These changes were pertinent to the following: y y y y y Dominance of the public sector in the industrial activity Discretionary controls on industrial investment and capacity expansion Trade and exchange controls Limited access to foreign investment Public ownership and regulation of the financial sector The reforms have unlocked India's enormous growth potential and unleashed powerful entrepreneurial forces. and that in part because of a ruling by a World Trade Organization dispute panel on a complaint brought by the United States. It was only in 1991 that the Government signaled a systemic shift to a more open economy with greater reliance upon market forces. The list of industries reserved solely for the public sector -which used to cover 18 industries. mining. Industrial licensing by the central government was almost abolished except for a few hazardous and environmentally sensitive industries. including iron and steel. delays were endemic and corruption unavoidable. For capital goods. minerals. Import licensing was abolished relatively early for capital goods and intermediates which became freely importable in 1993. Further. atomic energy generation. The reforms of the last decade and a half have gone a long way in freeing the domestic economy from the control regime. This approach was adopted since the reforms were introduced in June 1991 in the wake a balance of payments crisis that was certainly severe. However. across political parties. The economic reforms initiated in 1991 introduced far-reaching measures. However. which changed the working and machinery of the economy. Reforms in Industrial Policy Industrial policy was restructured to a great extent and most of the central government industrial controls were dismantled. simultaneously with the switch to a flexible exchange rate regime. almost exactly ten years after the reforms began. heavy plant and machinery. imports were only possible with import licenses. Reforms in Trade Policy It was realized that the import substituting inward looking development policy was no longer suitable in the modern globalising world. 2001. it was not a prolonged crisis with a long period of non-performance. The process of economic liberalization in India can be traced back to the late 1970s. telecommunications and telecom equipment. raw materials and intermediates. Before the reforms. restrictions that existed on the import of foreign technology were withdrawn. Imports of manufactured consumer goods were completely banned. a larger role for the private sector including foreign investment. successive governments. Since 1991. air transport services and electricity generation and distribution was drastically reduced to three: defense aircrafts and warships. and railway transport. oil. Quantitative restrictions on imports of manufactured consumer goods and agricultural products were finally removed on April 1.INDIA'S ECONOMIC REFORMS The reform process in India was initiated with the aim of accelerating the pace of economic growth and eradication of poverty. and a restructuring of the role of Government. have successfully carried forward the country's economic reform agenda. Financial sector reforms . Massive deregulation of the industrial sector was done in order to bring in the element of competition and increase efficiency. The criteria for issue of licenses were non-transparent. trade policy was characterized by high tariffs and pervasive import restrictions. certain lists of goods were freely importable. The economic reforms sought to phase out import licensing and also to reduce import duties. An important feature of India's reform programme is that it has emphasized gradualism and evolutionary transition rather than rapid restructuring or "shock therapy". the reform process began in earnest only in July 1991. but for most items where domestic substitutes were being produced.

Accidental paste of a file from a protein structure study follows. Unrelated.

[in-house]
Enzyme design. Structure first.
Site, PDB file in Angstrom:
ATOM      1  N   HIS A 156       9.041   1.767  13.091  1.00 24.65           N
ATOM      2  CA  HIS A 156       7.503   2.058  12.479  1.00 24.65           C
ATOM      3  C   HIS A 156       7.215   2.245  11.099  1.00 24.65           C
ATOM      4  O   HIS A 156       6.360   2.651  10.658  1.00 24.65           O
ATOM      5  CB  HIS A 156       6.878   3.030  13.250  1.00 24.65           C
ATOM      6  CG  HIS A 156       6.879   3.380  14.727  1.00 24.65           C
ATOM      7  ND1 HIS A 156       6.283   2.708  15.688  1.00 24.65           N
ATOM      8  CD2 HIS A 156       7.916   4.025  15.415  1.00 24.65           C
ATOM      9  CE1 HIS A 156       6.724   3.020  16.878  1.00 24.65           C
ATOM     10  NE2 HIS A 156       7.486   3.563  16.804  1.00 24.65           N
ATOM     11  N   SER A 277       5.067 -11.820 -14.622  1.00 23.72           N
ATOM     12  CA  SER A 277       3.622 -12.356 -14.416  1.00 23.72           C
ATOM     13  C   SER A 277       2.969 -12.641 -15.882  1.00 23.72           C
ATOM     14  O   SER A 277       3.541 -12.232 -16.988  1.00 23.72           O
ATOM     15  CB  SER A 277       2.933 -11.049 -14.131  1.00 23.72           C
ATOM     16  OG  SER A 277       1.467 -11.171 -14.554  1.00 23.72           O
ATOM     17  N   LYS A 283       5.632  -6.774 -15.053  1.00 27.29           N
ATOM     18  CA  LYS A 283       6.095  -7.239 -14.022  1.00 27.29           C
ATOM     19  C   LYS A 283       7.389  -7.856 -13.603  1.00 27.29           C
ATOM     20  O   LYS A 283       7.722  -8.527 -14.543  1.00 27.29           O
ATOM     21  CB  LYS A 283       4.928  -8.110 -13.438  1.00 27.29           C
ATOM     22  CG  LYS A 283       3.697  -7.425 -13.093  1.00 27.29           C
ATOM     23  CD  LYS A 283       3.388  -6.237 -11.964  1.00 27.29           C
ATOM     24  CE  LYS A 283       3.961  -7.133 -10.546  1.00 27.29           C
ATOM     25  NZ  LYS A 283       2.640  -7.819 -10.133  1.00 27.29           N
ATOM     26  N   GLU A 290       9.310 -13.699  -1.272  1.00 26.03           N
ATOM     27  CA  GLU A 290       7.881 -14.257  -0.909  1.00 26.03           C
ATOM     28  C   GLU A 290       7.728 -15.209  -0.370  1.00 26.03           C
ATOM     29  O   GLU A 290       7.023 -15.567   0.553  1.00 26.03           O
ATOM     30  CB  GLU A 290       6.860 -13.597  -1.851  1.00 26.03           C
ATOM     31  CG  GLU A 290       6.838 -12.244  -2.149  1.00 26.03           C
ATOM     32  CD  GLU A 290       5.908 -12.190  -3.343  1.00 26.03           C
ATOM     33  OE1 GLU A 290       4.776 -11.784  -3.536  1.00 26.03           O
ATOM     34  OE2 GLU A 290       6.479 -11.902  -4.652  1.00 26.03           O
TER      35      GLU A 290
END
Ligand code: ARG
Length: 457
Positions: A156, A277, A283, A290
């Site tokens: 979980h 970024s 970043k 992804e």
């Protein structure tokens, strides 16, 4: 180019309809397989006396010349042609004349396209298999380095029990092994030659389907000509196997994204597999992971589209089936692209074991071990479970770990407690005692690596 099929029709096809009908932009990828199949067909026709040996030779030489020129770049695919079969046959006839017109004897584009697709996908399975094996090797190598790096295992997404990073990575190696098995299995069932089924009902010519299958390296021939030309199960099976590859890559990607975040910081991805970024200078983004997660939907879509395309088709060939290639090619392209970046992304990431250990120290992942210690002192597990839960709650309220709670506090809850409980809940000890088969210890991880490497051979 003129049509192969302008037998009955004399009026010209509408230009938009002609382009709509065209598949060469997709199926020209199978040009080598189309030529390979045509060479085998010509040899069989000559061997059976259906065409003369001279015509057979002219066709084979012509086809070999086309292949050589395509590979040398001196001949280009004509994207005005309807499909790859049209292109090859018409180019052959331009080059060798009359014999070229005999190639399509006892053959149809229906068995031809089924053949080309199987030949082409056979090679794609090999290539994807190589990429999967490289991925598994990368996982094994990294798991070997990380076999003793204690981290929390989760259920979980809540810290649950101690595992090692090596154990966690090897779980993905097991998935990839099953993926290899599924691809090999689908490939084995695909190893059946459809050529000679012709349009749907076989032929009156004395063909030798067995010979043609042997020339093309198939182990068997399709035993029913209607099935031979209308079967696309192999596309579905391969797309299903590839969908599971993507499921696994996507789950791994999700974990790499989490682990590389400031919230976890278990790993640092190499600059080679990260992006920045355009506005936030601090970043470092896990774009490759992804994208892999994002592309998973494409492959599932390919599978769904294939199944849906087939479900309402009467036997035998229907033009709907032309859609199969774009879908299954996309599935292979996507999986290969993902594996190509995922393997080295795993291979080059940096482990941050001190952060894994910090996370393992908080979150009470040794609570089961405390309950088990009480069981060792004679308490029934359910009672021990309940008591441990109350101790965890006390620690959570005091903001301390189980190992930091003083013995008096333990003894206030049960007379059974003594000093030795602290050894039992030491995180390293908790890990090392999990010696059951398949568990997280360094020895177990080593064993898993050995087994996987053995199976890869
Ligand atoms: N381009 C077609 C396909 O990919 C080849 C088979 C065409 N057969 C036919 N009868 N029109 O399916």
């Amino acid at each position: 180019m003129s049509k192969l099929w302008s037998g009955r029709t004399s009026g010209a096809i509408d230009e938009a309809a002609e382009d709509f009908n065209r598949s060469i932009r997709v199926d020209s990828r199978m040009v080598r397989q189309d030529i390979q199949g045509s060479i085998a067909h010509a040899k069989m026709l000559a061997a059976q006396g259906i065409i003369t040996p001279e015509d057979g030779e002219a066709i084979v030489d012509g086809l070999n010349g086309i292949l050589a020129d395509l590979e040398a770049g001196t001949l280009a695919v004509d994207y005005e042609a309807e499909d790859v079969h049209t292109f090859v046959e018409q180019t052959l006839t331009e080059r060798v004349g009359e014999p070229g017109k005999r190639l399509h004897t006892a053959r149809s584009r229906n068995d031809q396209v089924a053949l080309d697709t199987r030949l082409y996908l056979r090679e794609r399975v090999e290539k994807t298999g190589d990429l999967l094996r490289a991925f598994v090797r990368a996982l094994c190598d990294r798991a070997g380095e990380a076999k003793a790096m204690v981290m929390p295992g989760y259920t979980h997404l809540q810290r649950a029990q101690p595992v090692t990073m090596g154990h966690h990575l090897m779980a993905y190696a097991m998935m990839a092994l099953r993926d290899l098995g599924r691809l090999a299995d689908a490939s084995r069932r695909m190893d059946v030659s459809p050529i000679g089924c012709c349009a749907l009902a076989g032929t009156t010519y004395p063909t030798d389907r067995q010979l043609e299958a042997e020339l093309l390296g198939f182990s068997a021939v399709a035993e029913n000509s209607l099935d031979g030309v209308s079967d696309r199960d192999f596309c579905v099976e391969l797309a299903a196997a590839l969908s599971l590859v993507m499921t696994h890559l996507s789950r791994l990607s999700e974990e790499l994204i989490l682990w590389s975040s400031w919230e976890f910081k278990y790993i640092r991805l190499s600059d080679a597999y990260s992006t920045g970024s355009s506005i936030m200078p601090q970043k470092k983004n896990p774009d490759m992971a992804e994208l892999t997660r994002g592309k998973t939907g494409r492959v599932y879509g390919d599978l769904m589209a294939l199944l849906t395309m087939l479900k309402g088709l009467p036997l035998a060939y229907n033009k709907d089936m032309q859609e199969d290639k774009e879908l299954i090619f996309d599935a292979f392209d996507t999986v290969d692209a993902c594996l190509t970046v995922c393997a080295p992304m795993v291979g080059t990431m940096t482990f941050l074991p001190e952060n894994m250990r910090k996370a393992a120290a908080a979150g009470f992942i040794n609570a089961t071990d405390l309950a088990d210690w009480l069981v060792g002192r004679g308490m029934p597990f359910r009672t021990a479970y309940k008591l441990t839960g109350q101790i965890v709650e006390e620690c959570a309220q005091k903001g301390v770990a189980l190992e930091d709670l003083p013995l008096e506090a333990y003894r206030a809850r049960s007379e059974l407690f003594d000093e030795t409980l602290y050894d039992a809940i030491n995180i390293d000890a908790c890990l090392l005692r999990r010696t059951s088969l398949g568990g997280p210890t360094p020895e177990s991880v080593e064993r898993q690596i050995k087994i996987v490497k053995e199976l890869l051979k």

transparency and supervision to mitigate the prospects of systemic risks. Today India is one of the most exciting emerging markets in the world. 15. the Indian financial system has been incrementally deregulated and exposed to international financial markets along with the introduction of new instruments and products. 12. India¶s time tested institutions offer foreign investors a transparent environment that guarantees the security of their long term investments. 16. functionally diverse. provide India with a distinct cutting edge in global competition. 9. A series of ambitious economic reforms aimed at deregulating the economy and stimulating foreign investment has moved India firmly into the front runners of the rapidly growing Asia Pacific Region and unleashed the latent strength of a complex and rapidly changing nation. 13. At the same time. 17. These include a free and vibrant press. the government has emphasized on stronger regulation aimed at strengthening prudential norms. 2. About India Reforms in Industrial Sectors in India Industrial Policy Foreign Direct Investment Policy Foreign Investment Promotion Board (FIPB) Entry Strategies and setting up a company Approvals/Clearances required for new projects Foreign Exchange Management Act (FEMA) Taxation in India Repatriation of Earnings Ready Reckoner for NRI Investment Labour Rules/Regulations Intellectual Property Incentives Offered by States to Foreign Investors Foreign Investment Implementation Authority (FIIA) Related Websites Frequently Asked Questions (FAQ) 1. a sophisticated legal and accounting system and a user friendly intellectual infrastructure. 8. 6. The reforms have been driven by a thrust towards liberalization and several initiatives such as liberalization in the interest rate and reserve requirements have been taken on this front. a well established judiciary. Skilled managerial and technical manpower that matches the best available in the world and a middle class whose size exceeds the population of the USA or the European Union. 3. During the last fifteen years. 14. India has recognized that these reforms are imperative for increasing the efficiency of resource mobilization and allocation in the real economy and for the overall macroeconomic stability. 5. 4. . 10. 7. India¶s dynamic and highly competitive private sector has long been the backbone of its economic activity and offers considerable scope for foreign direct investment. It is also the 4th largest economy in the world in terms of PPP. About India India is the 7th largest and 2nd most populous country in the world. efficient and globally competitive. Investing in India 1.Financial sector reforms have long been regarded as an integral part of the overall policy reforms in India. Today the Indian financial structure is inherently strong. 11. joint ventures and collaborations.